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Rubber-stamped divorce – a hurt hard to forgive

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Photo: Shutterstock
Photo: Shutterstock


While the eyes of many have, in recent weeks, been focused on the Special Synod on the Family in Rome because of debate around issues such as divorce, same-sex unions and communion, it has been pointed out by many, including Pope Francis, that the Synod is about much more than the issue of whether the Church should admit the divorced and remarried (but un-annulled) to the Sacrament of the Eucharist at Sunday Mass.

This is undoubtedly true.

The Synod is a major undertaking of Pope Francis and the Church which has sought to better understand the family and its needs in the Church and the world precisely because of the fundamental importance of marriage and the family to both. The Church is doing what no-one else will because the Church understands that the state of the family affects not only the global community and history but is a major determinant in the Church’s mission in time. In other words, this Synod on the family is really a synod about the lay vocation in the Church and its evangelising presence in the world.

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The problem is, however, that now that the issue of communion for the un-annulled and those living in same sex relationships has been so visibly raised (both at the 2014 precursor synod and the current gathering) it is understandable that it has eclipsed other issues in the eyes of many of the faithful who want to know what is going on in Rome and are interested in what the outcome will be. Many Catholics still grasp the fundamental nature of communion.

The debate is really a contest between two visions of how the Church should respond to the very difficult situations of those who marry in the church, subsequently lose their marriages, and ultimately find happiness in a new relationship. The problem is real. There would probably not be a Catholic family in the country that has not been affected by this problem, especially given that, statistically speaking, the overwhelming majority of Catholics are demographically and religiously indistinguishable from most of contemporary secular Australia.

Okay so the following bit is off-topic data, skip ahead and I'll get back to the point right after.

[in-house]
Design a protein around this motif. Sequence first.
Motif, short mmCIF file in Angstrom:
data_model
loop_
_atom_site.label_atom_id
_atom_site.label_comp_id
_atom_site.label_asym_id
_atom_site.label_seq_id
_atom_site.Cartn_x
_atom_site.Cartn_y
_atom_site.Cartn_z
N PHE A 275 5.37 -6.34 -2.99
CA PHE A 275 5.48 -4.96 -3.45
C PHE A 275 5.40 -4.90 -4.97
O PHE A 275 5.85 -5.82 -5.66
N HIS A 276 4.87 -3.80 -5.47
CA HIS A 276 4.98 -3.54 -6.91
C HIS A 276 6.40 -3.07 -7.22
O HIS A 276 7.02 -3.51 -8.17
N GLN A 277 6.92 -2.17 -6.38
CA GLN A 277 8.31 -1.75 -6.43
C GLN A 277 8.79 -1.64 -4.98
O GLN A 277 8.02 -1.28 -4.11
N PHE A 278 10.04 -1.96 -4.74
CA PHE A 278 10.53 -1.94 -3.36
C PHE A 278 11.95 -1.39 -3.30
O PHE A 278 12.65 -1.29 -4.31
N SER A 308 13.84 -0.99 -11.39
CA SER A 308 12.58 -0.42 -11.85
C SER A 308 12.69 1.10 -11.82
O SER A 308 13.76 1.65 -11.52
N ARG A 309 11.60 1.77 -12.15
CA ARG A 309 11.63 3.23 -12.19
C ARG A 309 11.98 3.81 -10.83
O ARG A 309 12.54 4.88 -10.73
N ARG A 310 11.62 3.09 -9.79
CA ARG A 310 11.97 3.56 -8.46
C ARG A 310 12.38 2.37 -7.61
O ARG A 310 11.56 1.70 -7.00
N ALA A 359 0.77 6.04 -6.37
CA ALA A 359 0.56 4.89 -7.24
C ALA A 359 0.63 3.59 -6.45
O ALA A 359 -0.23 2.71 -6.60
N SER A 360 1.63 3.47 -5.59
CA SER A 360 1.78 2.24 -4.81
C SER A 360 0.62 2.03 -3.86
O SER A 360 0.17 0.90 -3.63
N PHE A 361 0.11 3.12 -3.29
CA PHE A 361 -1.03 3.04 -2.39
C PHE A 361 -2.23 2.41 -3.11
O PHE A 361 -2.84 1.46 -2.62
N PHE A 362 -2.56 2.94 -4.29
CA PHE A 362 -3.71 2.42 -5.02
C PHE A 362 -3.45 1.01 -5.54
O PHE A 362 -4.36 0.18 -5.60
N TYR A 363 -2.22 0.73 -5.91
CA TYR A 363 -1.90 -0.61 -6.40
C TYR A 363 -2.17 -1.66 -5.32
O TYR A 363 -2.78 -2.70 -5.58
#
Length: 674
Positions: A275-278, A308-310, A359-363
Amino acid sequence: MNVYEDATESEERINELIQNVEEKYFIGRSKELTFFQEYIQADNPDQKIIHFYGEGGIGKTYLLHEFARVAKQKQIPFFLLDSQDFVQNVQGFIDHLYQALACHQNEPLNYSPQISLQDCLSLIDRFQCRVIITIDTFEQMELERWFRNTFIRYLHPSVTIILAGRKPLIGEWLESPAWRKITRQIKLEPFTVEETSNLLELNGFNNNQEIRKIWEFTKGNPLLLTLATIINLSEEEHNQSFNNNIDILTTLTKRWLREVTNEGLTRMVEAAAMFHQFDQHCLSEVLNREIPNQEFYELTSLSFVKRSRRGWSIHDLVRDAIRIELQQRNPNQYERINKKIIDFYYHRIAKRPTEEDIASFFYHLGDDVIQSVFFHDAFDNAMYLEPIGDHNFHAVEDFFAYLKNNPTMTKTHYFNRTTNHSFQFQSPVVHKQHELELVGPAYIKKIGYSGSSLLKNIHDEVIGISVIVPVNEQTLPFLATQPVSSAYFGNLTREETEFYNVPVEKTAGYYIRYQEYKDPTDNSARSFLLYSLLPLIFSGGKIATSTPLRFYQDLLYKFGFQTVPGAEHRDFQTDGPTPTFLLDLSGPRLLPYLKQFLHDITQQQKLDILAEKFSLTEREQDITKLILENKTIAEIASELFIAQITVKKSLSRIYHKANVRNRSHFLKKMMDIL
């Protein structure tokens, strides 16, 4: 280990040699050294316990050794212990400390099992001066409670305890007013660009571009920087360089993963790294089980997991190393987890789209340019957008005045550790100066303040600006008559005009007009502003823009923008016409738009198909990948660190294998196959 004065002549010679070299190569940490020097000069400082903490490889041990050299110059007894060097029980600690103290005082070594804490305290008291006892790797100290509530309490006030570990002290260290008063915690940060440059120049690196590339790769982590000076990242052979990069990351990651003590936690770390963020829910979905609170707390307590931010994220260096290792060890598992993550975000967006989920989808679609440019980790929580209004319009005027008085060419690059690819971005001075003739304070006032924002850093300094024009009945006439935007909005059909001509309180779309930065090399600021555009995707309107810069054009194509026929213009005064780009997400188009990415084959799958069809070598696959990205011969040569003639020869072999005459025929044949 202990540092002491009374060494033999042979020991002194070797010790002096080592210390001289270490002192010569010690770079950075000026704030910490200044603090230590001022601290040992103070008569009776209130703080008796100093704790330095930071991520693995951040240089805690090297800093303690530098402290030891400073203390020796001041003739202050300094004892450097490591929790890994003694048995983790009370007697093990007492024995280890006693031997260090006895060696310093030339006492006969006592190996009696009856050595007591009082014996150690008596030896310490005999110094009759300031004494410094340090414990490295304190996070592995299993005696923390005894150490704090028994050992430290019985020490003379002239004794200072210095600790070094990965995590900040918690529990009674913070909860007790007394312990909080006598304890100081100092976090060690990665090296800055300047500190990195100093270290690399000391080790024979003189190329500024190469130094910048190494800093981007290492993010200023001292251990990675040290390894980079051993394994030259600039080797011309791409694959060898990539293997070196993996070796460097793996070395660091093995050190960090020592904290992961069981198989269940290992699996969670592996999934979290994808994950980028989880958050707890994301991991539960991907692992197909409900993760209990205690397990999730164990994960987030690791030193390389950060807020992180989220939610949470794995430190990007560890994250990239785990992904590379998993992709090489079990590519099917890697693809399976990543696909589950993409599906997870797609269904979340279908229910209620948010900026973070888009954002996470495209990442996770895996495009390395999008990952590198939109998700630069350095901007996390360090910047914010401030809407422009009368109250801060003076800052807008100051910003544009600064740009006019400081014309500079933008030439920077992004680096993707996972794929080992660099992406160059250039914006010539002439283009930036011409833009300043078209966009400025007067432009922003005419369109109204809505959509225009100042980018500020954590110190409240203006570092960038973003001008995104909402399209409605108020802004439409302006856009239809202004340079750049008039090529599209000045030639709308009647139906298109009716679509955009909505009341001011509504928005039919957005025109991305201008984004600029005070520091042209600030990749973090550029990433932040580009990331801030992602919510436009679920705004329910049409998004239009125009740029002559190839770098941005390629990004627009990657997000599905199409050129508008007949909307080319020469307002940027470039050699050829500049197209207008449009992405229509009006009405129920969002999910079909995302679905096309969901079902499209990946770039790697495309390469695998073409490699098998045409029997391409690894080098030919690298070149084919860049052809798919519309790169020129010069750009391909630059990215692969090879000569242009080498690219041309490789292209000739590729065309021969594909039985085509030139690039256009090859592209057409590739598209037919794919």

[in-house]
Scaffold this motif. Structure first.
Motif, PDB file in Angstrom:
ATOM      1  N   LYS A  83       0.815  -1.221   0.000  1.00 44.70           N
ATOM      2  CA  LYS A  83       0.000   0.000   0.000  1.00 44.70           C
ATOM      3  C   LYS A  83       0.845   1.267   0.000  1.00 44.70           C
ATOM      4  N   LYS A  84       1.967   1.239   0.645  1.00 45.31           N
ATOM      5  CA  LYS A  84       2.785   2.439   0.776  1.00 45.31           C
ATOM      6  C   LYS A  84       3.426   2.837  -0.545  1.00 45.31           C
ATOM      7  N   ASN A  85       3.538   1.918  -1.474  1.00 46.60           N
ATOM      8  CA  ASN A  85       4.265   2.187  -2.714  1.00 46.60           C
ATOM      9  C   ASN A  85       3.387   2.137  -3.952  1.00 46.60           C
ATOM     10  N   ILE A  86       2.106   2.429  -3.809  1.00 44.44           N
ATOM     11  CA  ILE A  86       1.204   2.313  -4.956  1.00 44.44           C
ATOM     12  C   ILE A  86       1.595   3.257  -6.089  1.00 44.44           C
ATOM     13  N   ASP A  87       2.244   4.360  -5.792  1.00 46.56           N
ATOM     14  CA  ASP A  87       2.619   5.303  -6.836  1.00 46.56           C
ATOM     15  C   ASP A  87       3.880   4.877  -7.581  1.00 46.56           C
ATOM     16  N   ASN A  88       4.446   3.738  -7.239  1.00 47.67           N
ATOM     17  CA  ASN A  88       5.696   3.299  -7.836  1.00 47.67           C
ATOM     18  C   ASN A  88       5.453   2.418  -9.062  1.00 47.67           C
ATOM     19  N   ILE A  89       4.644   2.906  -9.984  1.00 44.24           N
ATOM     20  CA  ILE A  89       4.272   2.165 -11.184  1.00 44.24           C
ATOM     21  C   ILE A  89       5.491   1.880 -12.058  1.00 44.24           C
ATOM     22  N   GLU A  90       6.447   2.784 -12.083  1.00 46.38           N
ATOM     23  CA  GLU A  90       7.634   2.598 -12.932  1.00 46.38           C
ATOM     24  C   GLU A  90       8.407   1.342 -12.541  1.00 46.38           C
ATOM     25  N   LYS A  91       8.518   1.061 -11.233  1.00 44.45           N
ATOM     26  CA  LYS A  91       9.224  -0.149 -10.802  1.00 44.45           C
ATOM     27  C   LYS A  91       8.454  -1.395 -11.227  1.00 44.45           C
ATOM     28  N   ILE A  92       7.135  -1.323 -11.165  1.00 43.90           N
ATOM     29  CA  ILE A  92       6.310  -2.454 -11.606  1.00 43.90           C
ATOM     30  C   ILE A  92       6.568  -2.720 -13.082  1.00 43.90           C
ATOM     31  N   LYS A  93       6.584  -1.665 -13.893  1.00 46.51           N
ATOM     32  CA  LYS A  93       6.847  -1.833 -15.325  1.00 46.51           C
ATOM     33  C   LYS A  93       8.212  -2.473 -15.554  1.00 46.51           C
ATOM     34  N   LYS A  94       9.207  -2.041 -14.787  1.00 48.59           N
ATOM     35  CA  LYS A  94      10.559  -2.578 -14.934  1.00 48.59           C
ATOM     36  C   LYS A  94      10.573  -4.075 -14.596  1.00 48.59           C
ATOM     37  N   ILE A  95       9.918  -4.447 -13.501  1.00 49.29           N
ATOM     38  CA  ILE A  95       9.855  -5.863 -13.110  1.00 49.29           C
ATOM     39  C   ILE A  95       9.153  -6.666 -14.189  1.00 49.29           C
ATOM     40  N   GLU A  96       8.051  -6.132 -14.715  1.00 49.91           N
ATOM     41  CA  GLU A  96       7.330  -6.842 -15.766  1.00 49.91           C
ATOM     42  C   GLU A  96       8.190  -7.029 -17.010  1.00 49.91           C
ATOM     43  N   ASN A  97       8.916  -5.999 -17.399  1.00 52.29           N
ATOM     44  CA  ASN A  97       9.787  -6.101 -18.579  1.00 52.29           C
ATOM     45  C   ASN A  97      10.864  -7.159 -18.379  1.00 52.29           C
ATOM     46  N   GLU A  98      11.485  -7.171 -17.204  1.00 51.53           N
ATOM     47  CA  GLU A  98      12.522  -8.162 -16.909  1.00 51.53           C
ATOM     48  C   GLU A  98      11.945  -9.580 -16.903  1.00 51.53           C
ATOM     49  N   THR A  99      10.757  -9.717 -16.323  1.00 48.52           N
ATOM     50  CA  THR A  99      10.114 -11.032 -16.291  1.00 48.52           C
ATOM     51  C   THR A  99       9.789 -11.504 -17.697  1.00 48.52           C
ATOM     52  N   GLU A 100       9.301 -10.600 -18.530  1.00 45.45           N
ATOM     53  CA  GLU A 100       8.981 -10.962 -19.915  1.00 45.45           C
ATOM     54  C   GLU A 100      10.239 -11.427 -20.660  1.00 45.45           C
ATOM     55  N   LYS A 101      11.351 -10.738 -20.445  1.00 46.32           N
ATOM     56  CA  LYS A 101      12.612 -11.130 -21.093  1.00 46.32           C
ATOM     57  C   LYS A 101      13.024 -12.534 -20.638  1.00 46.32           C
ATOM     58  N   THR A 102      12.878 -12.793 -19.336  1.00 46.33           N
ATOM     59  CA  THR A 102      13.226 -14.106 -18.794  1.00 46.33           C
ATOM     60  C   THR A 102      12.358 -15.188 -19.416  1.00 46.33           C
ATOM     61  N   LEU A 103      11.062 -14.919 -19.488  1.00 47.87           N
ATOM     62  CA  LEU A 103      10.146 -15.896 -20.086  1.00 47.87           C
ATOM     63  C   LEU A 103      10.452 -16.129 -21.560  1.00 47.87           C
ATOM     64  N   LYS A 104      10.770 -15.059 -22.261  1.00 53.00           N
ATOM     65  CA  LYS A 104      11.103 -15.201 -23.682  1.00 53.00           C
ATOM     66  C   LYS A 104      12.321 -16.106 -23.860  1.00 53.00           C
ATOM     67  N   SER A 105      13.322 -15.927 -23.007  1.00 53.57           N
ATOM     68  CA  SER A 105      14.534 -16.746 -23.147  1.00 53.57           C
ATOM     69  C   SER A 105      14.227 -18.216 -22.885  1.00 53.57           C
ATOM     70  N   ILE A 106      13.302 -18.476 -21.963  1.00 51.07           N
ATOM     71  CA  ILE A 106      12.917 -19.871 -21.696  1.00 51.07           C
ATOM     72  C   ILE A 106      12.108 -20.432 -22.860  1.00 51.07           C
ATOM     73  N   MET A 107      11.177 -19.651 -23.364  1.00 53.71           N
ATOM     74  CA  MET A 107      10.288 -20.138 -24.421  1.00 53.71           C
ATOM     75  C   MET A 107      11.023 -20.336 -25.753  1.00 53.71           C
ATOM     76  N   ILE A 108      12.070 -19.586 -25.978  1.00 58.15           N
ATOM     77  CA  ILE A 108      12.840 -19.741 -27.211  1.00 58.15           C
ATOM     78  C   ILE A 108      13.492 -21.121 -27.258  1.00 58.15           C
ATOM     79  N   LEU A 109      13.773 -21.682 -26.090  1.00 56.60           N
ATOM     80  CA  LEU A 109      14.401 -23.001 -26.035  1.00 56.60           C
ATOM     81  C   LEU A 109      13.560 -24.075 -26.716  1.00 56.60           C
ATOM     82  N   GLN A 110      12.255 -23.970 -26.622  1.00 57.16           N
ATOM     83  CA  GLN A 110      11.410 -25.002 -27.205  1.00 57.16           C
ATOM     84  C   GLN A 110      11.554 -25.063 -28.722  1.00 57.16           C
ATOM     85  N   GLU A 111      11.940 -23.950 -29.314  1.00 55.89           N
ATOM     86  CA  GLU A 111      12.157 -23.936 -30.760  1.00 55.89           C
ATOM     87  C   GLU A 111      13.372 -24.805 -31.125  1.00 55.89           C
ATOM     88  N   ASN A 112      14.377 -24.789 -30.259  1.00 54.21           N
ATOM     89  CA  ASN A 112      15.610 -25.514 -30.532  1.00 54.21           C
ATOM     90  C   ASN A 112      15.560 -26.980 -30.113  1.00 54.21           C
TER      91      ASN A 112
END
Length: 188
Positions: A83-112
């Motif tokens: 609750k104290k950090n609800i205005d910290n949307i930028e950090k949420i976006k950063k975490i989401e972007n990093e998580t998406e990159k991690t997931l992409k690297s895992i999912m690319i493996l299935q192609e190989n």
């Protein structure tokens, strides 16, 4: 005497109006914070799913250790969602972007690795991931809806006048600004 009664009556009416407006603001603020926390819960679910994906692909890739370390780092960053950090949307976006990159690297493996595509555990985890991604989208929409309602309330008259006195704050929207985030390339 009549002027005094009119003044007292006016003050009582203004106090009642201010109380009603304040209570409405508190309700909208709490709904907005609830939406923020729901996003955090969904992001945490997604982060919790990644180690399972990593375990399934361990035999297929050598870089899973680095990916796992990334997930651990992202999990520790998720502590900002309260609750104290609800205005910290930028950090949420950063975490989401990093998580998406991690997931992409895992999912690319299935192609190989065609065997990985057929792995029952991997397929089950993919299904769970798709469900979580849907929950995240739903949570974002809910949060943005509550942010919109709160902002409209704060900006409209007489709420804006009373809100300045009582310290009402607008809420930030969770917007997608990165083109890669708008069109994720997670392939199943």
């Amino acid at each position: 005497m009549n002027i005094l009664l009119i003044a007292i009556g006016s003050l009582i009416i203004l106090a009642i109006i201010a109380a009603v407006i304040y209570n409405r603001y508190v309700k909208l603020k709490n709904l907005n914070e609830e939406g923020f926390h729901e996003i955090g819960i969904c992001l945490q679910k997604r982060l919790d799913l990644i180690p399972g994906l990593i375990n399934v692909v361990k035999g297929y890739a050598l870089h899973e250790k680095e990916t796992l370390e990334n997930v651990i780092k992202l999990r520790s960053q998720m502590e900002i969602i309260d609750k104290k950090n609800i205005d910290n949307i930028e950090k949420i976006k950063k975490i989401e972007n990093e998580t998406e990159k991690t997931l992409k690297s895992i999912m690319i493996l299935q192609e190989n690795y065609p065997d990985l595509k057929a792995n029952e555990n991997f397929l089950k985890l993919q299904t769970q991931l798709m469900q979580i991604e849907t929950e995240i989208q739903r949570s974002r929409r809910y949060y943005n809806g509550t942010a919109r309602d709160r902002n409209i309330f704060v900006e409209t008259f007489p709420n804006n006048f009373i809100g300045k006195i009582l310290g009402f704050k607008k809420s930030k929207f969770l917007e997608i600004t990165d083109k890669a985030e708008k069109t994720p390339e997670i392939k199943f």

The two visions competing at the Synod might therefore be described in theological shorthand as the dilutionist understanding of marriage and family on one hand, and the Christological-spousal view on the other.

The dilutionists, in the end, see no decisive obstacle to someone living in contradiction to the Gospel on marriage and receiving the Eucharist if that person earnestly and sincerely desires it. This raises an interesting theoretical problem, at least, as to where one should reasonably draw the line – for example, the euthanasia practitioner who still earnestly desires to receive the Eucharist. If same-sex relationships or multiple marriages can be accepted as sufficient for full participation in the Church – i.e. they are not obstacles to the Christian life – what about other things? This question has not been explored yet.

The Christological-spousal thinkers, on the other hand, see a decisive divine reality and dimension to marriage originating in Christ which cannot be compromised. This has the disadvantage of making their argument for a merciful approach to such moral issues – which is at the same time tempered and ultimately informed by fidelity to Christ – much easier to attack as ‘hardline’ and not apparently in step with the majority approach to marriage and relationships in modern societies such as the US, Europe and Australia.

However, there is one group who do not seem to have been considered in the context of this synod – which is interesting in itself – and, to this extent, the theologians may be guilty of having formulated their theories in remote theological laboratories too far removed from the concrete situations and realities of daily life.

This group is the children of divorce who, were the dilutionist viewpoint ultimately to prevail, would find themselves confronted by a Church that has effectively rubber-stamped and partly-facilitated the destruction of their own families. Sociological research over the past five decades has revealed that the hurt on the part of children of divorce is intense, worse than the experience of death – and lifelong. Children who witnessed the Church facilitating their parents’ divorce and the destruction of their families could effectively become a new kind and a new wave of abuse victims, but this time not merely by rogue individuals in the Church or risk-averse clerics and bureaucrats, but by the official visible Church itself which claimed to do this in the name of Christ. This is a hurt they would find hard – quite understandably – to forgive.

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